Getting the word out
Consider being an information resource for your community about arsenic contamination and available POU treatment technologies through written material. Advertising in local media is an excellent tactic; however, there are other, less costly ways to publicize your company’s name. In today’s cyberspace society, many consumers look to the Internet for information regarding purchase options. If you don’t have a website, you may want to create one. If you already have one, update it to include non-technical information about local arsenic contamination and various treatment options. You can even link it to your local water utilities website where water quality report data is listed. Make sure to include information on the affordability of POU systems. These solutions can be much less expensive than whole house systems, RO systems or bottled water—up to 50 percent.

Another written tactic is the development of an information brochure. By outlining the basics of arsenic occurrence, health effects and treatment options on paper, you multiply the number of people who will learn about the issue. This information should mirror the data on your website and can be easily mailed to existing customers you suspect may have a problem, as well as to potential customers at community events. In addition, consider using the brochure as a direct mail piece, sending it to households and businesses in areas where arsenic contamination is high, and offering testing and information. Consider using the information to write letters to local newspapers to increase awareness of any local problem with arsenic contamination, as well as how local citizens can test and treat their water.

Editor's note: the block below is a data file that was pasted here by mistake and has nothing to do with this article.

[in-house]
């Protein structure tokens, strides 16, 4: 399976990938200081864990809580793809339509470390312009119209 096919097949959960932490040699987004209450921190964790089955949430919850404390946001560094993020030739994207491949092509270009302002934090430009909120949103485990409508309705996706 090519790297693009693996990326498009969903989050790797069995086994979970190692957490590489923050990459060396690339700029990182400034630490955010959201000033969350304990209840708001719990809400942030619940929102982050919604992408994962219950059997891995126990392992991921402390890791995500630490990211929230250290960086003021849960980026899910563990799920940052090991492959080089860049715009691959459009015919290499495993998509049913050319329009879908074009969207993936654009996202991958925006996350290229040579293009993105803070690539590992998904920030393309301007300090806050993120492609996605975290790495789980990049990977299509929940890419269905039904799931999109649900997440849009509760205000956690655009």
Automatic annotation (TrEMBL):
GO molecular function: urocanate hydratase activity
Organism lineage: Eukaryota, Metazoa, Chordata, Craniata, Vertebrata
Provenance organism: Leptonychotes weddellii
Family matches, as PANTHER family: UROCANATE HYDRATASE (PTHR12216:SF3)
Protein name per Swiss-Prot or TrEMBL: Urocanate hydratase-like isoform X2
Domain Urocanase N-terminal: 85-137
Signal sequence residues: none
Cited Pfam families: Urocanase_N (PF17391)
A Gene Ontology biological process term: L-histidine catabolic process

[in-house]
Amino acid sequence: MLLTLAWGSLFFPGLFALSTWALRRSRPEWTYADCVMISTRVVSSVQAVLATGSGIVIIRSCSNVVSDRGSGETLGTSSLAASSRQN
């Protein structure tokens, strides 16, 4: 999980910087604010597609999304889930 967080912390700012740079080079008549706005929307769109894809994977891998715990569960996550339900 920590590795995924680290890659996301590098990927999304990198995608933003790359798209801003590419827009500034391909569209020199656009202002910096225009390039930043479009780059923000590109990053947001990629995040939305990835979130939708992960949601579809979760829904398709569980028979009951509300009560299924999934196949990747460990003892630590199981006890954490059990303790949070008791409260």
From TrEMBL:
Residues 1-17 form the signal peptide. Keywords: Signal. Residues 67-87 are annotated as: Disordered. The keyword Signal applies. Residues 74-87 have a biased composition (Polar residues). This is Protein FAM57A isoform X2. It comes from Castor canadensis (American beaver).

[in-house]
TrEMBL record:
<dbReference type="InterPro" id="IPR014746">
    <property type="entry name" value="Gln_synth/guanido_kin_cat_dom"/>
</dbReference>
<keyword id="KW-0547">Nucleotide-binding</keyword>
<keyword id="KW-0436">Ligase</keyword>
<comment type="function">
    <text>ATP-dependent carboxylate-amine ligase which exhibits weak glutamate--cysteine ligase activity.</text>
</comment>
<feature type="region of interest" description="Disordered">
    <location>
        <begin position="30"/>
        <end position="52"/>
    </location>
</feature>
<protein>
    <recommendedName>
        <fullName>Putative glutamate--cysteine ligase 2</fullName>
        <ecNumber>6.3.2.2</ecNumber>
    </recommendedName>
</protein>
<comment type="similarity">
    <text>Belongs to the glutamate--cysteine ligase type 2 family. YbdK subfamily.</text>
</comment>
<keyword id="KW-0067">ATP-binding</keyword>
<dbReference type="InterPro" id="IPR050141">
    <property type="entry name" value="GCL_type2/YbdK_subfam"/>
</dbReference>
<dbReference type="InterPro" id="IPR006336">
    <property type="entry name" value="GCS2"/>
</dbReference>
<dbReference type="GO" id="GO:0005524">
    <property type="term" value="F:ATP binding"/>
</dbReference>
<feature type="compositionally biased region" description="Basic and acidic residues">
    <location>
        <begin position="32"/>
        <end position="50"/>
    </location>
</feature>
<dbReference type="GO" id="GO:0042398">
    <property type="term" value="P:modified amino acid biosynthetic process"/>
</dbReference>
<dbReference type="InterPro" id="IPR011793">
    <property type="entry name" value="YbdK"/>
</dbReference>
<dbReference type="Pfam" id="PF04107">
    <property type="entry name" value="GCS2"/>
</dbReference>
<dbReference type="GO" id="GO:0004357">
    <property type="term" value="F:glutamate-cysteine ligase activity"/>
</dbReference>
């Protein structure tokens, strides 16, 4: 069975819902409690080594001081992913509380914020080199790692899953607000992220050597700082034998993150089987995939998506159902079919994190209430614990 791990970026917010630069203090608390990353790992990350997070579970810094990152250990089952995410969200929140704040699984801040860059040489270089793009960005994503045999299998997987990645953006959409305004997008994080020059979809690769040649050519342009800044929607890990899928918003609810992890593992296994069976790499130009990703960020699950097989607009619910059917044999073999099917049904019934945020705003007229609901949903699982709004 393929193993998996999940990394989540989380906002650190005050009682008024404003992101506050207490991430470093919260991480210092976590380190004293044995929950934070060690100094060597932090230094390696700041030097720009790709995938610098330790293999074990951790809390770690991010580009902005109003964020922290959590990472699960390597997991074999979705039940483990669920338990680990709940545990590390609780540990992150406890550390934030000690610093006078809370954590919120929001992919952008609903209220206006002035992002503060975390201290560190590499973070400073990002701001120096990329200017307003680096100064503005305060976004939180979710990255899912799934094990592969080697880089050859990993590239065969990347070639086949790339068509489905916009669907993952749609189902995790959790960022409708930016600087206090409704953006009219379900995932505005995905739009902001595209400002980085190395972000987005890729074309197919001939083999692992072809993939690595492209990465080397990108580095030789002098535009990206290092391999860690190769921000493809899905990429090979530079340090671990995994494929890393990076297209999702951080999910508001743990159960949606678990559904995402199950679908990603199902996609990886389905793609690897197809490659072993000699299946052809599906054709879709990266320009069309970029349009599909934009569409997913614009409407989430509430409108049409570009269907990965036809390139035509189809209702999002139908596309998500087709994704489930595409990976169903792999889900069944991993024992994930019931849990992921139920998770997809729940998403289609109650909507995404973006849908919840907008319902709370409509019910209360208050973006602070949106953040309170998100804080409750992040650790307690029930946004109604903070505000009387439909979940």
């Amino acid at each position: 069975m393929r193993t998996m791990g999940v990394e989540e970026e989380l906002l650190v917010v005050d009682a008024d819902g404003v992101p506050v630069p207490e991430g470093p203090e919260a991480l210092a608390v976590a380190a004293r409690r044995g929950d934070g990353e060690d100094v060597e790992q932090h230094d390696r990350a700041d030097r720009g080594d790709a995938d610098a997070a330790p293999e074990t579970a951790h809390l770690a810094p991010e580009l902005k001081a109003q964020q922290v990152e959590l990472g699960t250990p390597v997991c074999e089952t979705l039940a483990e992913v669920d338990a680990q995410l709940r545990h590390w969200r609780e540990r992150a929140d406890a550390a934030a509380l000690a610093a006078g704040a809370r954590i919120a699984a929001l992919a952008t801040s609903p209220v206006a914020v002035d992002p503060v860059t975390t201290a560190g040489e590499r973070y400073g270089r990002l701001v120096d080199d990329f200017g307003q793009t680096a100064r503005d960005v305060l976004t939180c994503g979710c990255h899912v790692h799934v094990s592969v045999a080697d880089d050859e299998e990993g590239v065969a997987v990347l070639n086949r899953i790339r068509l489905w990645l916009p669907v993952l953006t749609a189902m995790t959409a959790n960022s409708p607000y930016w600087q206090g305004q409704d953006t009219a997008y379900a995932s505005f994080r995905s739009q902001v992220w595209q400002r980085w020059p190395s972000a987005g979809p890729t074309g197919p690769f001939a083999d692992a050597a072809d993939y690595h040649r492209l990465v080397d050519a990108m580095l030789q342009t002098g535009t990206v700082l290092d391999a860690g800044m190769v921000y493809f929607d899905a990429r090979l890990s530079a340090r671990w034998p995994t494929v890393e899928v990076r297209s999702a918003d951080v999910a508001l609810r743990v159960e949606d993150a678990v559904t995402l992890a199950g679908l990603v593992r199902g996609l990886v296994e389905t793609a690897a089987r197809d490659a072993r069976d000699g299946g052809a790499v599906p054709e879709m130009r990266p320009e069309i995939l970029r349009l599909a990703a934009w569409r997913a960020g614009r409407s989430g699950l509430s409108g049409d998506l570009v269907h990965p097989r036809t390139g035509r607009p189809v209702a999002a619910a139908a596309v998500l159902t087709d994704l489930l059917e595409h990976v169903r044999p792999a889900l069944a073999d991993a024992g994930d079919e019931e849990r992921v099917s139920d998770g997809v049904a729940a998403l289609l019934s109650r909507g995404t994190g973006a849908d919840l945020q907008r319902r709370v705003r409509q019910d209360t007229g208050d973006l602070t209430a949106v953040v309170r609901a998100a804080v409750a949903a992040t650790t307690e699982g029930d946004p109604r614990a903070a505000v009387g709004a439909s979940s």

Inform your existing customers you would like to test their water for arsenic. In many states, this can be offered free of charge. Should an existing customer’s water test high for arsenic, you have an opportunity to discuss contamination and recommend a POU treatment system as a cost-effective option. In addition, offer arsenic test kits to local organizations, schools and businesses to educate potential customers on the actual risk level. Contact your state government to determine if there are regulations against providing tests free of charge. Find out the costs of arsenic testing at local water testing labs so you can make a recommendation to any customer that might like to have independent validation after the initial in-home tests.

Conclusion
Resolve to become more active in your community to raise awareness of arsenic contamination and POU treatment options. Look into opportunities to speak out about the issue locally. Potential venues include town council meetings, parent/teacher groups, homeowner and builder associations, and local social/service organizations. Act as a consumer advocate and get involved in town policy on in-home water treatment. Also, offer to assist local governments who are investigating the most appropriate treatment option. Work with your state’s environmental agency to publicize recommended technologies. Find out who the local “movers and shakers” are and schedule meetings with them to discuss how local consumers can combat arsenic contamination in their homes. These influential people may include environmental and health/medical reporters at local newspapers and broadcast outlets as well as local consumer advocates.

About the author
William H. McCann, CWS-II, is president of Shrewsbury, Mass.-based Clean Water Systems Inc., a consulting and water treatment company. It was founded in 1978. The company has been involved with eliminating arsenic in drinking water since 1980. McCann has more than 24 years of experience in the industry. He can be reached at (508) 792-0933 or email: [email protected]